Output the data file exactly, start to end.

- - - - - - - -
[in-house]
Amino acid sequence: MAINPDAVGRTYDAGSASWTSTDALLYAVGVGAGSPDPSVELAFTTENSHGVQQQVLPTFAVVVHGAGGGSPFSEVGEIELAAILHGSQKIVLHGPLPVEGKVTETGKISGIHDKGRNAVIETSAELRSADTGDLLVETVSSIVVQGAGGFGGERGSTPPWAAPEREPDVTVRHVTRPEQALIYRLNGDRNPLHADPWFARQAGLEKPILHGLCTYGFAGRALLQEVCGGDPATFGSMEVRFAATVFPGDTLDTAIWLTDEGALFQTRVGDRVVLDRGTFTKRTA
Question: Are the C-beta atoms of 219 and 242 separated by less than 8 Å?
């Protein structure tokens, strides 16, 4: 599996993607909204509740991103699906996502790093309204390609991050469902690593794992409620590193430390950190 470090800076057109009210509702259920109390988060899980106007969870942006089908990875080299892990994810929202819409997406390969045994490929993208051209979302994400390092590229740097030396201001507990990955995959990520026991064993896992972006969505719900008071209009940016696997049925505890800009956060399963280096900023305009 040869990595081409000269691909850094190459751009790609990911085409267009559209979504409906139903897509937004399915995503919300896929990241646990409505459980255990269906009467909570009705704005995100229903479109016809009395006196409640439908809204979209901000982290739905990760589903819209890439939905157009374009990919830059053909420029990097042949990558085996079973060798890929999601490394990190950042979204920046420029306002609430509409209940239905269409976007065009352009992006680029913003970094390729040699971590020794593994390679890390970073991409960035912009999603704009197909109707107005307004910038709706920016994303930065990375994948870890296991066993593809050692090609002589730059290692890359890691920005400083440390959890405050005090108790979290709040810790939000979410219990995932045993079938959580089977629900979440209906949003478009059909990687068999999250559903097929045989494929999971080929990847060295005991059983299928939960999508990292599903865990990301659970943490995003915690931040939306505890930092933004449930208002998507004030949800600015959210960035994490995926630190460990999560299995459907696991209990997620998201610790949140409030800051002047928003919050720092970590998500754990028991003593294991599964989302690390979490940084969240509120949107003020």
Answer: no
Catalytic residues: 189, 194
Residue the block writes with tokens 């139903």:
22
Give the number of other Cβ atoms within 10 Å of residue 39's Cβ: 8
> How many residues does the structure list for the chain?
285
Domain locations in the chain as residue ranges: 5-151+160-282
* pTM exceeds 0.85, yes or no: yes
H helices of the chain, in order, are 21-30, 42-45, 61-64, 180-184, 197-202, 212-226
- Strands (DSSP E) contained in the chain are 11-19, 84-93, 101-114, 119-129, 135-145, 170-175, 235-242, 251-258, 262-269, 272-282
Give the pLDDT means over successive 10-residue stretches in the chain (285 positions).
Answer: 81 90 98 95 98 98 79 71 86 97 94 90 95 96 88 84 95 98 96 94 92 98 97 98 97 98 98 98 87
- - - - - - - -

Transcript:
[in-house]
Amino acid sequence: MAINPDAVGRTYDAGSASWTSTDALLYAVGVGAGSPDPSVELAFTTENSHGVQQQVLPTFAVVVHGAGGGSPFSEVGEIELAAILHGSQKIVLHGPLPVEGKVTETGKISGIHDKGRNAVIETSAELRSADTGDLLVETVSSIVVQGAGGFGGERGSTPPWAAPEREPDVTVRHVTRPEQALIYRLNGDRNPLHADPWFARQAGLEKPILHGLCTYGFAGRALLQEVCGGDPATFGSMEVRFAATVFPGDTLDTAIWLTDEGALFQTRVGDRVVLDRGTFTKRTA
Question: Are the C-beta atoms of 219 and 242 separated by less than 8 Å?
């Protein structure tokens, strides 16, 4: 599996993607909204509740991103699906996502790093309204390609991050469902690593794992409620590193430390950190 470090800076057109009210509702259920109390988060899980106007969870942006089908990875080299892990994810929202819409997406390969045994490929993208051209979302994400390092590229740097030396201001507990990955995959990520026991064993896992972006969505719900008071209009940016696997049925505890800009956060399963280096900023305009 040869990595081409000269691909850094190459751009790609990911085409267009559209979504409906139903897509937004399915995503919300896929990241646990409505459980255990269906009467909570009705704005995100229903479109016809009395006196409640439908809204979209901000982290739905990760589903819209890439939905157009374009990919830059053909420029990097042949990558085996079973060798890929999601490394990190950042979204920046420029306002609430509409209940239905269409976007065009352009992006680029913003970094390729040699971590020794593994390679890390970073991409960035912009999603704009197909109707107005307004910038709706920016994303930065990375994948870890296991066993593809050692090609002589730059290692890359890691920005400083440390959890405050005090108790979290709040810790939000979410219990995932045993079938959580089977629900979440209906949003478009059909990687068999999250559903097929045989494929999971080929990847060295005991059983299928939960999508990292599903865990990301659970943490995003915690931040939306505890930092933004449930208002998507004030949800600015959210960035994490995926630190460990999560299995459907696991209990997620998201610790949140409030800051002047928003919050720092970590998500754990028991003593294991599964989302690390979490940084969240509120949107003020």
Answer: no
Catalytic residues: 189, 194
Residue the block writes with tokens 């139903």:
22
Give the number of other Cβ atoms within 10 Å of residue 39's Cβ: 8
> How many residues does the structure list for the chain?
285
Domain locations in the chain as residue ranges: 5-151+160-282
* pTM exceeds 0.85, yes or no: yes
H helices of the chain, in order, are 21-30, 42-45, 61-64, 180-184, 197-202, 212-226
- Strands (DSSP E) contained in the chain are 11-19, 84-93, 101-114, 119-129, 135-145, 170-175, 235-242, 251-258, 262-269, 272-282
Give the pLDDT means over successive 10-residue stretches in the chain (285 positions).
Answer: 81 90 98 95 98 98 79 71 86 97 94 90 95 96 88 84 95 98 96 94 92 98 97 98 97 98 98 98 87